But Crocker said political gains in Iraq have been more pronounced at the provincial level than nationwide, and Iraqis have been taking practical action toward reconciliation even though they have been unable to set those steps into law.

Militarily, U.S. analysts have said the armed services will be unable to maintain the current level of more than 160,000 troops beyond next spring.

Petraeus said one Marine expeditionary force would be coming home in September, and an Army brigade is slated to return in mid-December. He said four more brigades would be withdrawn by July 2008, leaving about 130,000 U.S. troops in Iraq.

But Petraeus said decisions on further withdrawals should be put off until mid-March.

"We will, no later than that time, consider factors similar to those on which I based the current recommendations, having by then, of course, a better feel for the security situation, the improvements in the capabilities of our Iraqi counterparts, and the enemy situation."

"The fact remains that the administration has sent you here today to convince the members of these committees and the Congress that victory is at hand," said Rep. Tom Lantos, D-California, the chairman of the Foreign Affairs Committee. "With all respect to you, I don't buy it."

The Democratic leadership in Congress has been unable to force further reductions. In May, President Bush vetoed a call for U.S. combat troops to leave Iraq by April 2008.

Petraeus commanded the Army's 101st Airborne Division during the 2003 invasion and spent a year training a new Iraqi military in 2004. He is considered a leading military scholar on counterinsurgency, and has tried to put those tactics to work to pacify Baghdad and its surrounding provinces.

He said military progress has been uneven, but the "surge" campaign launched in January is meeting its goals. And he said U.S. objectives in Iraq can still be met, "although doing so will be neither quick nor easy."

Petraeus said he wrote his testimony himself, and it had not been cleared by or shared with anyone in the White House or Pentagon. He said U.S. intelligence agencies consider the military's numbers "the most accurate and authoritative in Iraq."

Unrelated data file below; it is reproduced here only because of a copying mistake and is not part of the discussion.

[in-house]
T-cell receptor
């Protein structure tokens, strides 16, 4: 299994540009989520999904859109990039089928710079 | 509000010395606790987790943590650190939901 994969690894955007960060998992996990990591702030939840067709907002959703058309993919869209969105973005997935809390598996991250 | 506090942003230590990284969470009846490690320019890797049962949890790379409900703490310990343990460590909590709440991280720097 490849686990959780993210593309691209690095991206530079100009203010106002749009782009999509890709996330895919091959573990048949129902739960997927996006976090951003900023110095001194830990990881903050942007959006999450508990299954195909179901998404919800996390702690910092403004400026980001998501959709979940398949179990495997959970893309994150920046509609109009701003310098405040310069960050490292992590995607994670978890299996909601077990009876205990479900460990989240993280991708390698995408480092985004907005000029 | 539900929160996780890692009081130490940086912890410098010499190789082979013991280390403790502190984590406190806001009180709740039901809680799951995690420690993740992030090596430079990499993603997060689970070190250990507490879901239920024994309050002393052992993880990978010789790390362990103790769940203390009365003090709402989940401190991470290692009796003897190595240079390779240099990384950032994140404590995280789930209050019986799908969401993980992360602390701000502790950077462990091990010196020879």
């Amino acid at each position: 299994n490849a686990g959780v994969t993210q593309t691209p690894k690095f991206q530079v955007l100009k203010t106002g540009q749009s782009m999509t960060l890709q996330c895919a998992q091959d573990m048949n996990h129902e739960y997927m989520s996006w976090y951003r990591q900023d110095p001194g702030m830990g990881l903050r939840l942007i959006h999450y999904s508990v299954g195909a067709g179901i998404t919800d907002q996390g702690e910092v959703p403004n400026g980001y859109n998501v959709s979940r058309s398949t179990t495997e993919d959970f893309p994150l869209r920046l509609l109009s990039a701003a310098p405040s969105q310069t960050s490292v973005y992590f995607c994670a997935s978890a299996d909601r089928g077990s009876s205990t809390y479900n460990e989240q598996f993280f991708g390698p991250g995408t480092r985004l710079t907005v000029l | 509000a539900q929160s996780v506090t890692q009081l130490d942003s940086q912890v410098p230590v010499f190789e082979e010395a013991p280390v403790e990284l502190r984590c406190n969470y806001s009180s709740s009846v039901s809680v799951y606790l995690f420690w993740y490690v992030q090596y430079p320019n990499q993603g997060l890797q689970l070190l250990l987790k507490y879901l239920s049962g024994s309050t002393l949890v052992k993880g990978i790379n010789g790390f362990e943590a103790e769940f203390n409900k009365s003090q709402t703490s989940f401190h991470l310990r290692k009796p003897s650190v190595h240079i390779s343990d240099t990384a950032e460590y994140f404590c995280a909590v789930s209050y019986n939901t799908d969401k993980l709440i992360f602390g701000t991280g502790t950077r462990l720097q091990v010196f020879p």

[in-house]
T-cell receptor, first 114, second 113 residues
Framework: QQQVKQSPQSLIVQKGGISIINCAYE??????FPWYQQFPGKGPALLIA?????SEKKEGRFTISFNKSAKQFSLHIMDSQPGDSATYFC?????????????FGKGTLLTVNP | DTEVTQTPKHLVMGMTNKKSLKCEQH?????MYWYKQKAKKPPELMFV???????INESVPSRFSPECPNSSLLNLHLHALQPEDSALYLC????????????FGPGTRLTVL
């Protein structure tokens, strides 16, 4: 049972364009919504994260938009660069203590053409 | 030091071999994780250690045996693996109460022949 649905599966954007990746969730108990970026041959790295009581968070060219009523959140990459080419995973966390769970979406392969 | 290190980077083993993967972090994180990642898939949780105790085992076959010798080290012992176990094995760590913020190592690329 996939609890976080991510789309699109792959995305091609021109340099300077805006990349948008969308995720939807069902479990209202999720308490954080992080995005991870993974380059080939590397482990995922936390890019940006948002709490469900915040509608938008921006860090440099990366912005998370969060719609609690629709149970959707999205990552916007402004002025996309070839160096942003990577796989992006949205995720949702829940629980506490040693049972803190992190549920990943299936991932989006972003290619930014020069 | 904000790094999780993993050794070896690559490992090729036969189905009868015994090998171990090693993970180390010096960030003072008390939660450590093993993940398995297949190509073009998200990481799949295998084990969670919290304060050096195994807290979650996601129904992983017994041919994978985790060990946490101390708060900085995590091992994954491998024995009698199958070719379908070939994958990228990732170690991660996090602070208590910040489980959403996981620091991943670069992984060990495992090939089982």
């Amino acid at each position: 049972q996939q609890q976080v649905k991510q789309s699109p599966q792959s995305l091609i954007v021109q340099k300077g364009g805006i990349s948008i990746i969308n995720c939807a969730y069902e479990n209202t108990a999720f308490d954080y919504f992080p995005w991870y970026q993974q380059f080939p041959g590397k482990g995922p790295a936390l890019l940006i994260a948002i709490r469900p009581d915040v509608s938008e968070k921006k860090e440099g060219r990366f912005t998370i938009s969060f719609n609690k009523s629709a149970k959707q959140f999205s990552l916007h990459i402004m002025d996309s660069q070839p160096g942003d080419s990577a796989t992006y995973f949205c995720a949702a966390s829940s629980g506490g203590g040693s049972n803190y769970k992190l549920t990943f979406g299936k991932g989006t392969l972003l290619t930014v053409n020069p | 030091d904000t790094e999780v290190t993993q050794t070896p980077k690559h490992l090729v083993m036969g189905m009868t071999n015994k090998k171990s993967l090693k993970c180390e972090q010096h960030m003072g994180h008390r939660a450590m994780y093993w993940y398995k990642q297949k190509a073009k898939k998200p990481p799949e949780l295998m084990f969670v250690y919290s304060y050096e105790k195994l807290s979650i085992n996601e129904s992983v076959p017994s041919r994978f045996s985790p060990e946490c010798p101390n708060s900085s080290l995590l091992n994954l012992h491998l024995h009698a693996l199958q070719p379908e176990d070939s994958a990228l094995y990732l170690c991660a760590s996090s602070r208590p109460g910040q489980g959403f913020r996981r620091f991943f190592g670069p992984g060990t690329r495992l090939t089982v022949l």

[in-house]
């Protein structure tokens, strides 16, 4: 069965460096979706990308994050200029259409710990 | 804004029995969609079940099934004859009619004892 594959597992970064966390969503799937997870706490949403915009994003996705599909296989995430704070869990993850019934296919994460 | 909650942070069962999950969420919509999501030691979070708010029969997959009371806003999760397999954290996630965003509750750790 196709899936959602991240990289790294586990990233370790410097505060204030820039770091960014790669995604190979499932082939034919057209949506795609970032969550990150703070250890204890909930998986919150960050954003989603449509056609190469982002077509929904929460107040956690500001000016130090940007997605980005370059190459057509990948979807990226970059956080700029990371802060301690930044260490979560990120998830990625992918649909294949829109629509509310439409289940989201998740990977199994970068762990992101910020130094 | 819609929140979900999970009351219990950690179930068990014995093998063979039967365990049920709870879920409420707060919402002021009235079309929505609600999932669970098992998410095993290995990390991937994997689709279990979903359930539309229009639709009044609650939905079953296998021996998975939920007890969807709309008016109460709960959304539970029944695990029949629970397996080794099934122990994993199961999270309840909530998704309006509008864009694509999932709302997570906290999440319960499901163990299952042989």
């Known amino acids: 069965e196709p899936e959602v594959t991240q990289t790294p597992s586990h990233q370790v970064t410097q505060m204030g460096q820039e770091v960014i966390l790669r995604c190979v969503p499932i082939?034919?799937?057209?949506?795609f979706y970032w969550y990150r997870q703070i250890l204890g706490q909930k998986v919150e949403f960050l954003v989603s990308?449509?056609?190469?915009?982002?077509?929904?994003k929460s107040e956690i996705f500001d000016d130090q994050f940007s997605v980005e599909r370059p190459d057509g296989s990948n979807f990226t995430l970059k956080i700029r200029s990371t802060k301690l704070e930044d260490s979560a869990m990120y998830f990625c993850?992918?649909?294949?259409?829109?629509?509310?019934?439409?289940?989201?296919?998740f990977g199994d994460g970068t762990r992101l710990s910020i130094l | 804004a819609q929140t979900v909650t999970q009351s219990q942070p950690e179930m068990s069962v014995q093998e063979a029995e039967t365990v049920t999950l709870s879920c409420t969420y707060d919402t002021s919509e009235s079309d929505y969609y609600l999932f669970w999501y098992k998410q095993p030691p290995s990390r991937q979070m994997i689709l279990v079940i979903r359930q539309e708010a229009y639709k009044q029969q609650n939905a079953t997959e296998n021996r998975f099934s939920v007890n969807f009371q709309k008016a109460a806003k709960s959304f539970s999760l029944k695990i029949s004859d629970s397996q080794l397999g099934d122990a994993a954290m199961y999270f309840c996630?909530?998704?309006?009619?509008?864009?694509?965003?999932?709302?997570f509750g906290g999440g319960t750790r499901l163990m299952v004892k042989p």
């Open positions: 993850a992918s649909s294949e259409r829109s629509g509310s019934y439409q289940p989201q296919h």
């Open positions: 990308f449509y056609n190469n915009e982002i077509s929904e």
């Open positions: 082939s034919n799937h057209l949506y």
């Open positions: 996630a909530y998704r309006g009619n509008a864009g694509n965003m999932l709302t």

"We endeavor to ensure our analysis of that data is conducted with rigor and consistency, as our ability to achieve a nuanced understanding of the security environment is dependent on collecting and analyzing data in a consistent way over time," he said. Photo See photos of the day's events »

But David Walker, head of the nonpartisan Government Accountability Office, told the Senate Armed Services Committee on Friday that he is not comfortable with the methodology used to track the death toll driven by sectarian violence.

Rep. Duncan Hunter of California, the ranking Republican on the Armed Services Committee, criticized Democrats for questioning the general's credibility.

"We've asked you for an independent assessment, and frankly, Mr. Chairman, the idea that we have spent the last week prepping the battlefield by attacking the credibility of the messenger is something that I think goes against the tradition of this great House."

Republicans also blasted a full-page advertisement in the New York Times, placed by the anti-war activist group, that questioned whether Petraeus was "cooking the books for the White House."

Rep. Ileana Ros-Lehtinen of Florida, the ranking Republican on the Foreign Affairs Committee, called on Democrats to publicly denounce the ad and apologize.


Hunter said Petraeus "is going to testify with an independent candid view, the one thing we expect from all of our military officers."

That drew a frosty response from Skelton, who said, "The capability, the integrity, the intelligence and the wisdom of our two witnesses requires nothing but admiration from me and from others who are about to receive their testimony." E-mail to a friend E-mail to a friend

CNN's Barbara Starr, Dana Bash and Ted Barrett contributed to this report.